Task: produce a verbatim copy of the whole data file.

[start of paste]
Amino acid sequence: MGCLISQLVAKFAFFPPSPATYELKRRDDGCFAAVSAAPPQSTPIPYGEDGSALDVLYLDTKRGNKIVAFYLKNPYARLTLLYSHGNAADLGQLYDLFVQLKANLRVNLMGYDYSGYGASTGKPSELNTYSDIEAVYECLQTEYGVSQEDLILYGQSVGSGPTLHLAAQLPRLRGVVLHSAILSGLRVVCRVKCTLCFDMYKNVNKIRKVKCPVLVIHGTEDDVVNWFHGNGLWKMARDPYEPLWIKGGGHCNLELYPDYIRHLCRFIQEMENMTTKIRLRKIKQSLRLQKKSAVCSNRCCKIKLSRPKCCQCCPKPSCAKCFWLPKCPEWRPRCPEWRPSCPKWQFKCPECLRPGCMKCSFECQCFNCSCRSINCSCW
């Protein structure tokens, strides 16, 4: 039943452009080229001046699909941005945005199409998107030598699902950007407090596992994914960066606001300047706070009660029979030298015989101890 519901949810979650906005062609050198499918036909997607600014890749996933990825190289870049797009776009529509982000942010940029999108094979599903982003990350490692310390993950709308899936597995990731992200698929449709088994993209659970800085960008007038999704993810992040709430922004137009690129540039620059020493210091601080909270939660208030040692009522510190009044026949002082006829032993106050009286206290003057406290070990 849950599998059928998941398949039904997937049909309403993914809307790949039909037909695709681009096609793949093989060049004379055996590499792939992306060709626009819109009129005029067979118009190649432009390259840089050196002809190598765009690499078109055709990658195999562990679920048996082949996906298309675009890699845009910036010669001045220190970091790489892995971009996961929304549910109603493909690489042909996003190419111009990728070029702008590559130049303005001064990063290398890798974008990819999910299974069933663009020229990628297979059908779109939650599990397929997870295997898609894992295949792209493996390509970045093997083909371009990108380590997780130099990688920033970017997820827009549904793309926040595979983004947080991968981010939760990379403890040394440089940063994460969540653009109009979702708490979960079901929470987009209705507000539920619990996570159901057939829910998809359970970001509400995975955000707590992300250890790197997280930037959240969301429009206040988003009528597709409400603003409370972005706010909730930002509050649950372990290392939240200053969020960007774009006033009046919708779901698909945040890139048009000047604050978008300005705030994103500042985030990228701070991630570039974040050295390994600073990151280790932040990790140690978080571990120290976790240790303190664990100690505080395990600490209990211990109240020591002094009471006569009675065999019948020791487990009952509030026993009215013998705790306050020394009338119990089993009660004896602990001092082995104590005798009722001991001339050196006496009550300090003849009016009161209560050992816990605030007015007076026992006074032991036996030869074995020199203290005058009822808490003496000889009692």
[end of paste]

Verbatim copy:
Amino acid sequence: MGCLISQLVAKFAFFPPSPATYELKRRDDGCFAAVSAAPPQSTPIPYGEDGSALDVLYLDTKRGNKIVAFYLKNPYARLTLLYSHGNAADLGQLYDLFVQLKANLRVNLMGYDYSGYGASTGKPSELNTYSDIEAVYECLQTEYGVSQEDLILYGQSVGSGPTLHLAAQLPRLRGVVLHSAILSGLRVVCRVKCTLCFDMYKNVNKIRKVKCPVLVIHGTEDDVVNWFHGNGLWKMARDPYEPLWIKGGGHCNLELYPDYIRHLCRFIQEMENMTTKIRLRKIKQSLRLQKKSAVCSNRCCKIKLSRPKCCQCCPKPSCAKCFWLPKCPEWRPRCPEWRPSCPKWQFKCPECLRPGCMKCSFECQCFNCSCRSINCSCW
């Protein structure tokens, strides 16, 4: 039943452009080229001046699909941005945005199409998107030598699902950007407090596992994914960066606001300047706070009660029979030298015989101890 519901949810979650906005062609050198499918036909997607600014890749996933990825190289870049797009776009529509982000942010940029999108094979599903982003990350490692310390993950709308899936597995990731992200698929449709088994993209659970800085960008007038999704993810992040709430922004137009690129540039620059020493210091601080909270939660208030040692009522510190009044026949002082006829032993106050009286206290003057406290070990 849950599998059928998941398949039904997937049909309403993914809307790949039909037909695709681009096609793949093989060049004379055996590499792939992306060709626009819109009129005029067979118009190649432009390259840089050196002809190598765009690499078109055709990658195999562990679920048996082949996906298309675009890699845009910036010669001045220190970091790489892995971009996961929304549910109603493909690489042909996003190419111009990728070029702008590559130049303005001064990063290398890798974008990819999910299974069933663009020229990628297979059908779109939650599990397929997870295997898609894992295949792209493996390509970045093997083909371009990108380590997780130099990688920033970017997820827009549904793309926040595979983004947080991968981010939760990379403890040394440089940063994460969540653009109009979702708490979960079901929470987009209705507000539920619990996570159901057939829910998809359970970001509400995975955000707590992300250890790197997280930037959240969301429009206040988003009528597709409400603003409370972005706010909730930002509050649950372990290392939240200053969020960007774009006033009046919708779901698909945040890139048009000047604050978008300005705030994103500042985030990228701070991630570039974040050295390994600073990151280790932040990790140690978080571990120290976790240790303190664990100690505080395990600490209990211990109240020591002094009471006569009675065999019948020791487990009952509030026993009215013998705790306050020394009338119990089993009660004896602990001092082995104590005798009722001991001339050196006496009550300090003849009016009161209560050992816990605030007015007076026992006074032991036996030869074995020199203290005058009822808490003496000889009692």